The health care robots formed a minor comic-relief subplot in episode 5. That subplot also served in part to advance the mostly comic Ji-Sung/Callahan romance subplot that ran throughout the season. In an interaction early in the episode, Ji-Sung refused to have breakfast with Callahan because, on a sort-of date they had recently had, Callahan had accidentally “grazed” her breast in trying to keep her from falling down after she tripped. Callahan was exasperated at Ji-Sung’s unwillingness to understand and get over this.

In a later scene, Alex appeared in a hallway with some apparent resident physicians, showing them one of the mobile medical robots she was bringing to the hospital and explaining how they would “revolutionize patient care.” Plus, they were “incredibly cool.”

Alex: They use digital maps to navigate and ultrasonic sensors to move freely throughout the hallways without colliding into humans. [After she got in the robot’s way and it said excuse me, Alex addressed it.] Oh, no problem, Channing Tatum. … Everyone deserves a name. … He’s polite, dependable, hard-bodied. What else would I call him? He can also dispense drugs, meals, clean linens…

But wait! That was not the cutest robot name the show had to offer. Callahan soon approached with another robot—which had a blue and white nurse’s cap—and completed Alex’s sentence about what the robots can dispense.

Callahan: And lattes. [His robot gave him one.] It’s a skinny latte. Florence Nightingale, you’re the best.

Florence: [British accent.] Thank you, Dr. Callahan. Looks like you’ve been working out.

Callahan: [Reacting to funny looks from the other physicians.] What? They all have speech modules built in, so I figured I’d give ‘em a few new things to say.

Ji-Sung: [Arriving.] As long as these buckets of bolts don’t put me out of a job, I’m happy to let them do grunt work. [To Florence.] Open. [A compartment opened and Ji-Sung placed a tray with little cups of pills inside; Florence accepted them.]

Florence: Girl, you so fine it’s criminal.

Ji-Sung looked intently at Callahan, knowing he was responsible for this last comment.

Later, Channing Tatum bantered with Alex as she tried to master a remote surgical tool. After her efforts went poorly, the robot observed, “You look like you could use a hot oil massage.”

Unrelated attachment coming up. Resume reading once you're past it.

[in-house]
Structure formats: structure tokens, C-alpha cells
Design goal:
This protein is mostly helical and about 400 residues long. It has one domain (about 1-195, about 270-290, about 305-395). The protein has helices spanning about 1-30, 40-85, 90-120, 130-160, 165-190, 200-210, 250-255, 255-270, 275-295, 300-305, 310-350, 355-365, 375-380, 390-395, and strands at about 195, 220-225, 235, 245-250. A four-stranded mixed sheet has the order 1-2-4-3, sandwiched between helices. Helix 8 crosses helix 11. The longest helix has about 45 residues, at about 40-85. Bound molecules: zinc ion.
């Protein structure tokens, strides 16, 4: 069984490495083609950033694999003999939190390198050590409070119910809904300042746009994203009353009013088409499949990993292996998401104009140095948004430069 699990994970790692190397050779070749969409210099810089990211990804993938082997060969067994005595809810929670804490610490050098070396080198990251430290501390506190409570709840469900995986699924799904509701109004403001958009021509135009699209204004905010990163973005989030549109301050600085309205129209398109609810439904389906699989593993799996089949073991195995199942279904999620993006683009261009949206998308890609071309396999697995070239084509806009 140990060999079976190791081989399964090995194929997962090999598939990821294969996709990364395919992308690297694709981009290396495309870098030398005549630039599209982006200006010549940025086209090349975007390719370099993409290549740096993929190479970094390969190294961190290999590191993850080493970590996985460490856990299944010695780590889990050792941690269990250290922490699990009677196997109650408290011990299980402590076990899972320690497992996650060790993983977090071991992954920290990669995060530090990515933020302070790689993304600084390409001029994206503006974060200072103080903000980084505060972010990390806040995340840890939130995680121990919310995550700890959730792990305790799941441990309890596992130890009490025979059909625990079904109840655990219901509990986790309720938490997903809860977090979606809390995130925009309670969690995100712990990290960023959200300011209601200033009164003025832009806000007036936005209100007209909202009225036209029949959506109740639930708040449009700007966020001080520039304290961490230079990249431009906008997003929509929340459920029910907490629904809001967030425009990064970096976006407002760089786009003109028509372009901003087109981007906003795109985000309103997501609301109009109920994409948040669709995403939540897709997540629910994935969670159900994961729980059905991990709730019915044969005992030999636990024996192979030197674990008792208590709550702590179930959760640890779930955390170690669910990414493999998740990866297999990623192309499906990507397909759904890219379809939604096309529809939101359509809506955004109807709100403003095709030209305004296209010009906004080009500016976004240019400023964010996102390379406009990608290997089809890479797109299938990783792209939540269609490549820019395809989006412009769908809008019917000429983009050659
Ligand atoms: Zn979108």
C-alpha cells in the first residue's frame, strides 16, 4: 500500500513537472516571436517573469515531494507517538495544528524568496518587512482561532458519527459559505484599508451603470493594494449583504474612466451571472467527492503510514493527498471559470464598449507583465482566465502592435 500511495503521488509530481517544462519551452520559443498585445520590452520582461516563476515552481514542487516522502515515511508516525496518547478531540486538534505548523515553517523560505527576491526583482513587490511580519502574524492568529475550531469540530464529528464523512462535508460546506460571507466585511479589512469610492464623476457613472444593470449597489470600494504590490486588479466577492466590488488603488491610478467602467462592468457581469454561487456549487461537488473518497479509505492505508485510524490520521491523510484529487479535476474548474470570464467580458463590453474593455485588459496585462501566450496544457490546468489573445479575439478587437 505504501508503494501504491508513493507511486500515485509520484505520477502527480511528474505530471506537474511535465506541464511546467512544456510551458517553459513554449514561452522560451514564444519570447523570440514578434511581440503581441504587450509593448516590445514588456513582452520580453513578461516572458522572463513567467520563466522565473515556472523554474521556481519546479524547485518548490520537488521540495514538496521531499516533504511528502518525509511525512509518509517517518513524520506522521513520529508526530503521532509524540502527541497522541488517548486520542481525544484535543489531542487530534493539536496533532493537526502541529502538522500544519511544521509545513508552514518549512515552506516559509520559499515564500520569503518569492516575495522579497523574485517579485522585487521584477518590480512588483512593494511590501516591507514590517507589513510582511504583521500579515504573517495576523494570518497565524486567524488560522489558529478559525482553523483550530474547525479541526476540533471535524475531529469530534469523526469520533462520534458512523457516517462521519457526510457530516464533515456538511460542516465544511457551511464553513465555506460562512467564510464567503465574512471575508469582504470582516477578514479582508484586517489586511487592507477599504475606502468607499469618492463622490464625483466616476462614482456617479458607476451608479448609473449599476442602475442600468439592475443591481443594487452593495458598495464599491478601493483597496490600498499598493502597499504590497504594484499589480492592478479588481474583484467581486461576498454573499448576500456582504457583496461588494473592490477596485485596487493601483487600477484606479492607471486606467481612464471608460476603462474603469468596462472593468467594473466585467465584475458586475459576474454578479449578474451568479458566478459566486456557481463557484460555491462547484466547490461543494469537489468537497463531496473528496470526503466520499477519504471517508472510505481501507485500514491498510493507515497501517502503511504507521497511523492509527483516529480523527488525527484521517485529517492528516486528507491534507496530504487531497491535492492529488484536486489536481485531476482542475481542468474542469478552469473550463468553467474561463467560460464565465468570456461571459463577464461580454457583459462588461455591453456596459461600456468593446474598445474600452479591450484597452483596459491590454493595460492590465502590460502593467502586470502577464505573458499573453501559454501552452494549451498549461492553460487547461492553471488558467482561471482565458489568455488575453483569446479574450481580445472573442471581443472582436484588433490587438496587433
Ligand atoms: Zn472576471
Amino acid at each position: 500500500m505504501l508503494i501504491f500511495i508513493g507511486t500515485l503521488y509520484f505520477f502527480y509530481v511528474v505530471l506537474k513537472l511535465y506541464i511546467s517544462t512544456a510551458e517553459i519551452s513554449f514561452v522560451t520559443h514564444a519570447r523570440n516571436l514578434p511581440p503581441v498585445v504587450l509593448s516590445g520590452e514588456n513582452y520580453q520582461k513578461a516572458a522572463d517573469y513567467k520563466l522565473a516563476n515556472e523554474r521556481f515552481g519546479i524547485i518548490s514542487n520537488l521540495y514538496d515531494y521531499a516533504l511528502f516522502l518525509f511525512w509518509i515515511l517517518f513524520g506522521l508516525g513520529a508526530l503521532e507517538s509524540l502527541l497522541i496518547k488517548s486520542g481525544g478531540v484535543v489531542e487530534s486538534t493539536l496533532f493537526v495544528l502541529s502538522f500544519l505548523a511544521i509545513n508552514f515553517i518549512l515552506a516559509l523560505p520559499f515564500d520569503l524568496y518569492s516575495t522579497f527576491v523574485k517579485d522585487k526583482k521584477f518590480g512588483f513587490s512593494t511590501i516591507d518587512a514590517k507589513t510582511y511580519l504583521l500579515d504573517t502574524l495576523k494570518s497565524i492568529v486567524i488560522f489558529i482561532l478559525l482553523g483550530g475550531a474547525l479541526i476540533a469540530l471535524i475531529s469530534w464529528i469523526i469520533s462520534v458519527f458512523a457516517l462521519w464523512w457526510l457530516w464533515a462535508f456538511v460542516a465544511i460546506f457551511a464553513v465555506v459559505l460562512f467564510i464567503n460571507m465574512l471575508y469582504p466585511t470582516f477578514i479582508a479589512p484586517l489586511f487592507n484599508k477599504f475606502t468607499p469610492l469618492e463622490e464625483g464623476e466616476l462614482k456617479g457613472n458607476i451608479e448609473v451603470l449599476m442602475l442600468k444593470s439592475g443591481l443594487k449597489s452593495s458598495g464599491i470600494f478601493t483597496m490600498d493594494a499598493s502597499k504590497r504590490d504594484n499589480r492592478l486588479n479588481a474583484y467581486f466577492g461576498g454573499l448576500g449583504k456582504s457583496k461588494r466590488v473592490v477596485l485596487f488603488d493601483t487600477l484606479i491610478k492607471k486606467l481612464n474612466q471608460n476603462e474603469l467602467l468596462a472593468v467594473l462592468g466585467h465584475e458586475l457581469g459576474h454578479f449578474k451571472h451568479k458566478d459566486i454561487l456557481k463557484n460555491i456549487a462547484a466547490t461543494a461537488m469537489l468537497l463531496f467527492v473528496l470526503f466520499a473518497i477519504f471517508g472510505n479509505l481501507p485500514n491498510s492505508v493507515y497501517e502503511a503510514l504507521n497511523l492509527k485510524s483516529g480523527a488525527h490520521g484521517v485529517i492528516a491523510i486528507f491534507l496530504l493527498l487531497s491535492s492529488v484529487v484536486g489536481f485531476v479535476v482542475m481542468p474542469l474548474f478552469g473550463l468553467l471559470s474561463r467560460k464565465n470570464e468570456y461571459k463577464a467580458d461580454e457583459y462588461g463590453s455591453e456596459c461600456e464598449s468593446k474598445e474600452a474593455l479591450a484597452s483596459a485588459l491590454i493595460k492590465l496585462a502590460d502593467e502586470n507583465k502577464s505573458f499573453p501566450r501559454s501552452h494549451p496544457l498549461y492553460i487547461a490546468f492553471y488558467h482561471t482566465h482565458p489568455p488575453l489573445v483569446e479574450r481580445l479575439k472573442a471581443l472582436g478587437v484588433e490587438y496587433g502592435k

At one point, Callahan tried to use Florence to deliver gifts to Ji-Sung in a further attempt to make up for the grazing incident, even including a note saying that Ji-Sung could “kick me in the balls to make us even.”

But an ally of Ji-Sung’s, a scary anesthesiologist named Forester, intercepted this package in an effort to shield her from Callahan. Callahan tried to raise the robot delivery attempt with Ji-Sung as they interacted with the robots. But she shut him down:

“Don’t touch my stuff [the robots]. My stuff or my boobs, both are off limits.”

Later, Callahan returned to the subject of his gifts, referencing chocolate and roses. But of course Ji-Sung never received those, so she did not understand. Callahan started ranting that he thought Ji-Sung was different, but it turns out she’s stuck up and emotionally withholding,

“like a lot of beautiful and smart and sexual and…you have no idea what I’m talking about.”

Ji-Sung: “No, crazy man.” She walked away.

Callahan finally understood that she never got the gifts.

Callahan flagged down the robot: “Flo, wait up.”

Florence: “I’m on break.”

Ha ha, because “I’m on a break” is what nurses are all about, especially Nightingale.
Comparing health care robots to nurses is generally unhelpful because it reinforces the idea that nurses do only straightforward physical care tasks. In reality, nurses are college-educated science professionals who use critical thinking and advocacy to save lives, as Nightingale herself did. Here, Ji-Sung did refer to the robots dismissively as her “stuff” and as “buckets of bolts” who did “grunt work.” So there was a sense that they were basic and that she owned / ran them, rather than that they were peers. But Callahan did call one robot “Florence Nightingale,” even though that may have reflected his interest in Ji-Sung more than any active belief that the robots were functioning as nurses. Florence flirted with both Callahan and Ji-Sung, and Channing Tatum did so with Alex, an echo of the naughty nurse stereotype. And Channing was named for an actor noted for a role as a sex object. No robot was named for a physician. Perhaps the nursing comparison seemed plausible in terms of the robots’ limited and mildly sexualized work roles. Ji-Sung addressed the work roles directly with her remark about the robots not putting her out of a job. Were we supposed to wonder whether maybe they actually would? After all, we did not see Ji-Sung do much that required a lot of clinical judgment, nothing like Alex. And aside from the zany comments that Callahan programmed Florence to say, the robots appeared to be as the characters described them—dependable machines doing fairly simple tasks. Of course, Callahan did call Ji-Sung “smart.” But that was a throwaway line that can’t compare to the impression left by physician characters actually being smart in using their clinical skills to save patients, something we did not see from Ji-Sung or any other nurse character. Unsupported praise doesn’t mean much next to what people actually experience. As Carl W. Buehner observed, “they may forget what you said — but they will never forget how you made them feel.” On balance, the nursing comparison was unhelpful, if not insulting.